So how must public policy on the left address this? Some important responses to this have recently been laid out by Ian Bremmer in his latest book. His ideas include a new role for the state and a Government, meeting the needs of citizens and bringing people together rather than building walls, a new definition of social contract, a re-focus on what we mean by “social security”, a new focus on the pursuit of happiness.

 

He’s right about this as a place to start but on its own it doesn’t go far enough. But there are two key challenges. Firstly, how do we link the solutions to the challenge of the lack of control? How can we see a public services reform agenda that can demonstrate how citizens and communities can take back control. How can devolution strategies be seen to respond to this. If all we see is devolution of responsibility without resources, we are set to fail. Central to this has to be the role of the state.

 

Secondly, we cannot address the issue of taking back control in isolation. We need to define a new internationalism, a renewed sense of purpose about our place in the world and what we want to achieve. As an example, Gordon Brown saw the development of Africa as a moral purpose and drew in the rest of the world. It was a conversation that we had in the Party and outside, that drew in movements for economic justice and symbolised our place and purpose. In contrast, we see today the rise of the right, the success of “take back control” in Trump’s America following the Brexit referendum and the momentum in different direction with a fragmented left struggling to redefine itself. The Tory right are leading the way with the story of our nation. It’s vital for the left to respond with an alternative narrative to the post-imperialist story that has become a new and dominant paradigm.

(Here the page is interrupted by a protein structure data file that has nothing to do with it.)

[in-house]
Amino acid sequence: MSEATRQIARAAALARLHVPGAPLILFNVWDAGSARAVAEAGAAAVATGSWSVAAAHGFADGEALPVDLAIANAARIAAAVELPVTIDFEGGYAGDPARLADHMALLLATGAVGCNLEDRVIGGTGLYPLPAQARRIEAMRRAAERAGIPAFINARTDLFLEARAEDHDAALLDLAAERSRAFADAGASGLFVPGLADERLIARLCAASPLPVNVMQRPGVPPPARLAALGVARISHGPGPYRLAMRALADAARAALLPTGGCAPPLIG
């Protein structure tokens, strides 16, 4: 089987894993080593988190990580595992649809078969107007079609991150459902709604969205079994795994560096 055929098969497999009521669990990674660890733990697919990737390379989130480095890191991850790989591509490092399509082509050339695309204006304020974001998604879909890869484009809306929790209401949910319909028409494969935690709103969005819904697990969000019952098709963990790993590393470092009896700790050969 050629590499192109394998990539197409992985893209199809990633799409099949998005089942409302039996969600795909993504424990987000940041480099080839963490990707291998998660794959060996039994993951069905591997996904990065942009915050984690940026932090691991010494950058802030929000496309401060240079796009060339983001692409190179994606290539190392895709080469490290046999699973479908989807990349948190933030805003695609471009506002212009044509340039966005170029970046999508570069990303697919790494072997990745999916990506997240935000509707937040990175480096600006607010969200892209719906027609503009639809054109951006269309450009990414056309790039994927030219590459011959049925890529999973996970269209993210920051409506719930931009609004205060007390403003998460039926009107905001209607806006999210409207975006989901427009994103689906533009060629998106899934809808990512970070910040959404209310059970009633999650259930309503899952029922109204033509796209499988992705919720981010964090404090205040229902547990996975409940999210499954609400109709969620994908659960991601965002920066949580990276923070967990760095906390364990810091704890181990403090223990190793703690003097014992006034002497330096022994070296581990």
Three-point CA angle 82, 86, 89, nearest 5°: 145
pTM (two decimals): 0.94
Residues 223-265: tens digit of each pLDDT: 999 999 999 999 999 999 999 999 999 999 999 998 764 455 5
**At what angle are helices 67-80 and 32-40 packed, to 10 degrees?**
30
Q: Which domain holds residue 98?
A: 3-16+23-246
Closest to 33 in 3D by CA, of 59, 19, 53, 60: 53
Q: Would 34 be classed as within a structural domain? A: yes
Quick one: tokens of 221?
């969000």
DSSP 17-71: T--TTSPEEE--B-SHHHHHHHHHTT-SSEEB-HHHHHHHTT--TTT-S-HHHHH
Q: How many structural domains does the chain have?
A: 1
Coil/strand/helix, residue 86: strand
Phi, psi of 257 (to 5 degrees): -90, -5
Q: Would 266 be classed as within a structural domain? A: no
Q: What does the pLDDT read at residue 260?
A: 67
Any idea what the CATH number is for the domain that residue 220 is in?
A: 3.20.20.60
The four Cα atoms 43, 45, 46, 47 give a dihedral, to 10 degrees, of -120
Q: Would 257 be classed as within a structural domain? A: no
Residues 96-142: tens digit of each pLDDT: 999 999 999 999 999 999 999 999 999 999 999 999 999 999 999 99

These deep questions – a domestic reform agenda for the redistribution of power through devolution and a re-focus on a positive national identity with a new left internationalist narrative about our place in the world are more urgent than ever. In just a few short years, Britain has gone from a nation that won the Olympics bid based on a story of diversity and global outlook, to becoming a nation with a rise of nationalism and fundamental questioning about our history, our nation and even our Union. Something has deeply broken. Our economy has grown less than last year with worse to come. People are less happy and less secure.

 

As people can no longer look to the next generation being better off than that last, I believe we are witnessing the ending of a post-Cold War consensus on prosperity which we took for granted.

 

The UK has a choice to make. What role do we want to play in the world, and how and who do we want to influence. We need to be sure of our direction as a nation. Unless we resolve the question of our identity and role in the world, we’ll struggle to win the prize of tackling the domestic questions that are so critical to bring our nation back together and lead an agenda that sees people take back greater control of their lives and their communities.